As we know, traditions and customs can tell a lot about the country in which they were formed. We can say that they provide integrity of the national image. Today you can learn a little more about the customs of the English monarchy, which may seem even a little strange.
1. Crows in London Tower
At least six ravens must live in London Tower. The beginning of this tradition was begun by Charles II (1630-1685), who issued a special decree according to which crows should be guarded with special care. But not for any strategic reasons. Just because the prediction was made to the king: "If the crows disappear, the crown will fall, and England with it". Since then, crows in Tower are officially listed among the nation's soldiers and, like them, can be removed from service for improper conduct. And they will not ever leave Tower, because they regularly have their wings cut.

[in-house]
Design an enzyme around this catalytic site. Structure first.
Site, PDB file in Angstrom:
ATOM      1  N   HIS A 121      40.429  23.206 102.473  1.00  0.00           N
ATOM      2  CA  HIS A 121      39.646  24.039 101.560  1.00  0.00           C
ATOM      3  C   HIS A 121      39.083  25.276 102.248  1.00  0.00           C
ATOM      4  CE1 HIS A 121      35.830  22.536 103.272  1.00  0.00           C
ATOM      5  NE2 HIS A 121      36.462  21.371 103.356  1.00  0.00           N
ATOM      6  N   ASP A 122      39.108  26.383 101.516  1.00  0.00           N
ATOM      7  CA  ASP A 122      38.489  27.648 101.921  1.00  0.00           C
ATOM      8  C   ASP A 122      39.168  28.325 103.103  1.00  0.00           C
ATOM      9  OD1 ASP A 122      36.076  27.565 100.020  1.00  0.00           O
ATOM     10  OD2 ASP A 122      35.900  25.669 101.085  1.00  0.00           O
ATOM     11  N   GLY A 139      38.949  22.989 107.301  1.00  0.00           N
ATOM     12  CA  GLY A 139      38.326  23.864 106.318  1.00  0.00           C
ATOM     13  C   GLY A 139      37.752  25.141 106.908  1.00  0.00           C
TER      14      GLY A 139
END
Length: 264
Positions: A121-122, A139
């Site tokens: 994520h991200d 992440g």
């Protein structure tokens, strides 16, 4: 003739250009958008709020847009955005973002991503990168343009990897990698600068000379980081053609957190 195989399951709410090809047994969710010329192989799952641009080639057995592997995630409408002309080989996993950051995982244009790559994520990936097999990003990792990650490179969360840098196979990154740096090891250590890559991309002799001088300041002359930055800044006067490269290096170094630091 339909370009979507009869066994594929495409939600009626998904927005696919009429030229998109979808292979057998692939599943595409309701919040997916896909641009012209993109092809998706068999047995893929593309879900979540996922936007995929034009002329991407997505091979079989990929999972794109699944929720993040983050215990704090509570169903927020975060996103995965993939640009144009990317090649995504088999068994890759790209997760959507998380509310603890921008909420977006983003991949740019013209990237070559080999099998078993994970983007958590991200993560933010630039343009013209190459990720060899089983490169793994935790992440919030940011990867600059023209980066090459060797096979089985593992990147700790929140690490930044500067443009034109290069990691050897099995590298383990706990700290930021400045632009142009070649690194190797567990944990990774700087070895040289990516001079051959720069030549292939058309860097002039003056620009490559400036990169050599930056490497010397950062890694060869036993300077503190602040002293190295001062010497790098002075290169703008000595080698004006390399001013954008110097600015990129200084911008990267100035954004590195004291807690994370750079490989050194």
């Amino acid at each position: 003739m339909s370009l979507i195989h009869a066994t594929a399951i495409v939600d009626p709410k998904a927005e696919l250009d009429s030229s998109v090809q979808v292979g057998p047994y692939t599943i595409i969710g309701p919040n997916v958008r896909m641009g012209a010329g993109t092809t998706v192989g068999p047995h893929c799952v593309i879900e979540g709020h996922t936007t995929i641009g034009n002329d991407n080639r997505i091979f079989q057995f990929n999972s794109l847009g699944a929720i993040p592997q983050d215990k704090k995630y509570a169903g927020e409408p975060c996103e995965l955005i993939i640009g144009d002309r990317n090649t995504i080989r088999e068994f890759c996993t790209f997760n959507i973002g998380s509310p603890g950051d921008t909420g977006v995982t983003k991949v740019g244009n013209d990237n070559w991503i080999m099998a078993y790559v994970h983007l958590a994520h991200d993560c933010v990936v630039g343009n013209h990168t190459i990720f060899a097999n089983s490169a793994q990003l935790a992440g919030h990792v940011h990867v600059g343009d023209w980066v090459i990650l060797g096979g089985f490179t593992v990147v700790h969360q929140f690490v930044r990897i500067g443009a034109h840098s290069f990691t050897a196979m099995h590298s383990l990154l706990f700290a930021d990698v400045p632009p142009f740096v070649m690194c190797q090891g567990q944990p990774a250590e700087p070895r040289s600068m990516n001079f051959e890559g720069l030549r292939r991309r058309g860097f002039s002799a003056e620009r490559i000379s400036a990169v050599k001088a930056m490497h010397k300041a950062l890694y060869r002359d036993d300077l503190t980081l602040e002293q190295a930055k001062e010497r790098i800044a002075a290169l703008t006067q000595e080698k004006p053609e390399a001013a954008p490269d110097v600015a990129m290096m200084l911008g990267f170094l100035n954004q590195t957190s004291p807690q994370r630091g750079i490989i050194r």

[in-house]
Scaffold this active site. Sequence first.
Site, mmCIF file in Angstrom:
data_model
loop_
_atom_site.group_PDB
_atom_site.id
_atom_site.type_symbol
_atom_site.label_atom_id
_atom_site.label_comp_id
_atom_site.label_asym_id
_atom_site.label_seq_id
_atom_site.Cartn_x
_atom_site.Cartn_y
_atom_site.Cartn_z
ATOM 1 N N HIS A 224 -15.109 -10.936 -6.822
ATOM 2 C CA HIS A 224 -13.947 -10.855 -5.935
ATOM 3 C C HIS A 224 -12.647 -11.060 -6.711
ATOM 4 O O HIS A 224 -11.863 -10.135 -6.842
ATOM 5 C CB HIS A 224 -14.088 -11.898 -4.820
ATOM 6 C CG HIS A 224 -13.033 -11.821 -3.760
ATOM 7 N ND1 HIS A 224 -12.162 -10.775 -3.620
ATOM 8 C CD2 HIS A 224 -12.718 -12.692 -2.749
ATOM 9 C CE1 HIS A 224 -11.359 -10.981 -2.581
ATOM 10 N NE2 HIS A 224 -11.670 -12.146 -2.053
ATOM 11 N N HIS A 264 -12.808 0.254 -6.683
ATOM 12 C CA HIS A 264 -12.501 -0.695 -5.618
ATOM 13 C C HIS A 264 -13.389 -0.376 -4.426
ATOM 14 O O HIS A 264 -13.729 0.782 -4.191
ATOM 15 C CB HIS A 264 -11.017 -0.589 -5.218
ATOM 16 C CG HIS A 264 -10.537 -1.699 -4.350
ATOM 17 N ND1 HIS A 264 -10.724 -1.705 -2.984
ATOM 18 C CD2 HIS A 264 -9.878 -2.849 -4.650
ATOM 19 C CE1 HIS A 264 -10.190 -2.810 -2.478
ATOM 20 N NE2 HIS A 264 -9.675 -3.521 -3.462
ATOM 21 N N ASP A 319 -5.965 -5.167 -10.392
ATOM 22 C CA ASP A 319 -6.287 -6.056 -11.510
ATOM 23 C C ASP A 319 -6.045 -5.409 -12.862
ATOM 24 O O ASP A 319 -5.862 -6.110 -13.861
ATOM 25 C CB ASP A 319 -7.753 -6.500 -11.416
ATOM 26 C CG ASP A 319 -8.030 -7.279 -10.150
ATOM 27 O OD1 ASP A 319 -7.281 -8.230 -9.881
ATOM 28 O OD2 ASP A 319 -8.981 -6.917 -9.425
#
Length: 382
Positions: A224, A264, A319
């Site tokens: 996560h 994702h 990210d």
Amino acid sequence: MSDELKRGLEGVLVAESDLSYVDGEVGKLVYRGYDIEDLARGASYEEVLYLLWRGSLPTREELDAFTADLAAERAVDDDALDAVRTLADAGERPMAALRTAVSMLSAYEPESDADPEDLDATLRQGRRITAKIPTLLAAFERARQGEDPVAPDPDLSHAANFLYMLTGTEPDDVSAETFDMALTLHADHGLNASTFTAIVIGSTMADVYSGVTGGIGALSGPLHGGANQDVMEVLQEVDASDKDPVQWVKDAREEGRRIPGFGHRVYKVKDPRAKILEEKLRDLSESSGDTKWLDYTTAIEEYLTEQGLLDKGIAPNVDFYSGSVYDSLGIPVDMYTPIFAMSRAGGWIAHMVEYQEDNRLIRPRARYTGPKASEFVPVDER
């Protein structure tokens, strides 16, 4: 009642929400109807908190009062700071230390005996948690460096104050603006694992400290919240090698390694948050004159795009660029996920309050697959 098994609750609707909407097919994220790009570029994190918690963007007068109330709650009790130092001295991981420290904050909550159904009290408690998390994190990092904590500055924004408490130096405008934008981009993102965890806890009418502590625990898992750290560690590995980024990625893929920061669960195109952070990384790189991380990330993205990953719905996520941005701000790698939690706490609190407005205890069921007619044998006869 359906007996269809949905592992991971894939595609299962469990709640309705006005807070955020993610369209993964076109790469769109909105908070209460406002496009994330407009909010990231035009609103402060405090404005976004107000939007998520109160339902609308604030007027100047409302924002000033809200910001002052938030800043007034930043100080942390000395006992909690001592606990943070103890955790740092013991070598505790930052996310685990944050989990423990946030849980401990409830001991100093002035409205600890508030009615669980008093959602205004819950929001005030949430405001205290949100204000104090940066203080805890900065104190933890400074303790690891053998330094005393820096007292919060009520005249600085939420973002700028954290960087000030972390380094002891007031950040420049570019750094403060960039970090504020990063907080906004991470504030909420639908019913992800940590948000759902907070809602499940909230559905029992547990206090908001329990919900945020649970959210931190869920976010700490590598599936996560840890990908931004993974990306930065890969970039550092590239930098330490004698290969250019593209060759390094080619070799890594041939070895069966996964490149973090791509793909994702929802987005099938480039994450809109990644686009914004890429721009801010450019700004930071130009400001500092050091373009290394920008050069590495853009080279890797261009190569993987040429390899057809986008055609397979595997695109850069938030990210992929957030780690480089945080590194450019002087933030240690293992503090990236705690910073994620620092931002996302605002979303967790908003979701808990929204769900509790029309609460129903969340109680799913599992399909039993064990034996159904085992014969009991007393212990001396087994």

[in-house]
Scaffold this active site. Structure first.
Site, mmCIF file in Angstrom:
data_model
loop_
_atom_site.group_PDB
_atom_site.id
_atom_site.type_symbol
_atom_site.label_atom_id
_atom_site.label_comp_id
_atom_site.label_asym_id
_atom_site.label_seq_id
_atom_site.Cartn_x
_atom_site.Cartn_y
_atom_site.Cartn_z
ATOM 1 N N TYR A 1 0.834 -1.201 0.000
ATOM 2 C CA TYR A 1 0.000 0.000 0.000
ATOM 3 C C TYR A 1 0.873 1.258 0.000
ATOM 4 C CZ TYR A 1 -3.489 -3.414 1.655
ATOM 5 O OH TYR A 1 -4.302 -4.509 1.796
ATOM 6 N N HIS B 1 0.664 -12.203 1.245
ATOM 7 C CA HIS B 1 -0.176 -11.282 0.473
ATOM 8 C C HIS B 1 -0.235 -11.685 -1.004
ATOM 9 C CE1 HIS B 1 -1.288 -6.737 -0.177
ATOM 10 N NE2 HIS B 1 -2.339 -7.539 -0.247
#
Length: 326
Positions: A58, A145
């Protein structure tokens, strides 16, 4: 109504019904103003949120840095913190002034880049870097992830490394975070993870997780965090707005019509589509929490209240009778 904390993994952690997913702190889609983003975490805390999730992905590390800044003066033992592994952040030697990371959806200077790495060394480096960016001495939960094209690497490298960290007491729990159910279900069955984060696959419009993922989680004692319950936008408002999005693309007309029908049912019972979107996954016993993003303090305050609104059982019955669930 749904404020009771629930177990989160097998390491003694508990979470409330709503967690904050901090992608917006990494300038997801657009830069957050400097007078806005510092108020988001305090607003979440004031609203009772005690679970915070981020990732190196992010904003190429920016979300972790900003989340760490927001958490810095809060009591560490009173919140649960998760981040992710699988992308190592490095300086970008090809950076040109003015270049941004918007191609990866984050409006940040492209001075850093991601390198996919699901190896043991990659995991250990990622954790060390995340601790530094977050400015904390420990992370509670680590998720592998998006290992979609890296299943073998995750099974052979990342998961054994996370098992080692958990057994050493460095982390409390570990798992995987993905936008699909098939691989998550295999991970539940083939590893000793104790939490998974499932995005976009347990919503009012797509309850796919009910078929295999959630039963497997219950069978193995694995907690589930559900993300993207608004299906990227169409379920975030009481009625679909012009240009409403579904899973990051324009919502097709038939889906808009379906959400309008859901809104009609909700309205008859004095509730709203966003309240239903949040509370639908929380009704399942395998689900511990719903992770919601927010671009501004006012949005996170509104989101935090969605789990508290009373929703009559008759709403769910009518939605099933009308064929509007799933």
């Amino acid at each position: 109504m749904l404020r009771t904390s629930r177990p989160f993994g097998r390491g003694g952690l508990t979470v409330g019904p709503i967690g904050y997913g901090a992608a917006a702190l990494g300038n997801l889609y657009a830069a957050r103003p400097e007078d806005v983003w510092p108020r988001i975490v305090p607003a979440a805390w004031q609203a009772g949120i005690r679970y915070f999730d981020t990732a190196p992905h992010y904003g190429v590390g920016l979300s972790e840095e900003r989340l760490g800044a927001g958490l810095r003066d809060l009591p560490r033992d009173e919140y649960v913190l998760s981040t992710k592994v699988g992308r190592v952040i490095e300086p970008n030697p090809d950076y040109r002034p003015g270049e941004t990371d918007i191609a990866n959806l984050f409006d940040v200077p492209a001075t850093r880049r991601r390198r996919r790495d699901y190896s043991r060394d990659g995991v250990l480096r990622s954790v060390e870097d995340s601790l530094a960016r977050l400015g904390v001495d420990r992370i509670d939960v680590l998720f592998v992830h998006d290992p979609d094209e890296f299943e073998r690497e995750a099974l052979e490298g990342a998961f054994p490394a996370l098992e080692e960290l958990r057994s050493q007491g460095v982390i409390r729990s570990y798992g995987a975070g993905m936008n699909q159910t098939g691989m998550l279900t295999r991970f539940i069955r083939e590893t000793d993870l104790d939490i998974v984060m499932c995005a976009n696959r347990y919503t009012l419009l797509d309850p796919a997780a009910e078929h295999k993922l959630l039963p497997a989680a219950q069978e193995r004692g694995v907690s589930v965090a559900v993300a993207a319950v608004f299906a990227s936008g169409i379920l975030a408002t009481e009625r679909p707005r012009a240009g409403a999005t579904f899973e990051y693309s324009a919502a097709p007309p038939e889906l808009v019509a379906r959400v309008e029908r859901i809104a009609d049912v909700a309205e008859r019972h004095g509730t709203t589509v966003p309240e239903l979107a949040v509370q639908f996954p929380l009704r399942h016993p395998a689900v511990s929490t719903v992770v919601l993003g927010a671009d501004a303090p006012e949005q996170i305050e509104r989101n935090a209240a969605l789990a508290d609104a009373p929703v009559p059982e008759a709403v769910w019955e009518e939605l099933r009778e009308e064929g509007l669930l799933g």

2. "Piercing" the new heads of departments
This means that each head of the department (county) is elected during the "piercing" ceremony. The Queen literally pierces the names of those are present on the list with a large needle. The tradition goes back to Elizabeth I, who once had to sign the list of candidates for the position, but was in the process of embroidering and did not have ink, only a needle.
3. Key ceremony
Despite the reliability of modern security equipment, for more than 700 years - every day without exception - a traditional ceremony is held, the purpose of which is to make sure that the gate is locked for the night and the fortress is well protected from unwanted guests. The ceremony is held every evening, at the end of the ninth hour: One of Yeomen Warders, accompanied by a military convoy, checks the Tower, making sure that all the gates are locked. It is interesting that during the Second World War the ceremony was once interrupted by the enemy`s bomb, as a result of which the main Yeomen Warder was knocked down. There is the letter of the captain of the guard to King George VI, in which he asks for forgiveness for the delay in the ceremony, as well as the king's reply, telling not to punish the officer, because the enemy's actions were the cause of the delay.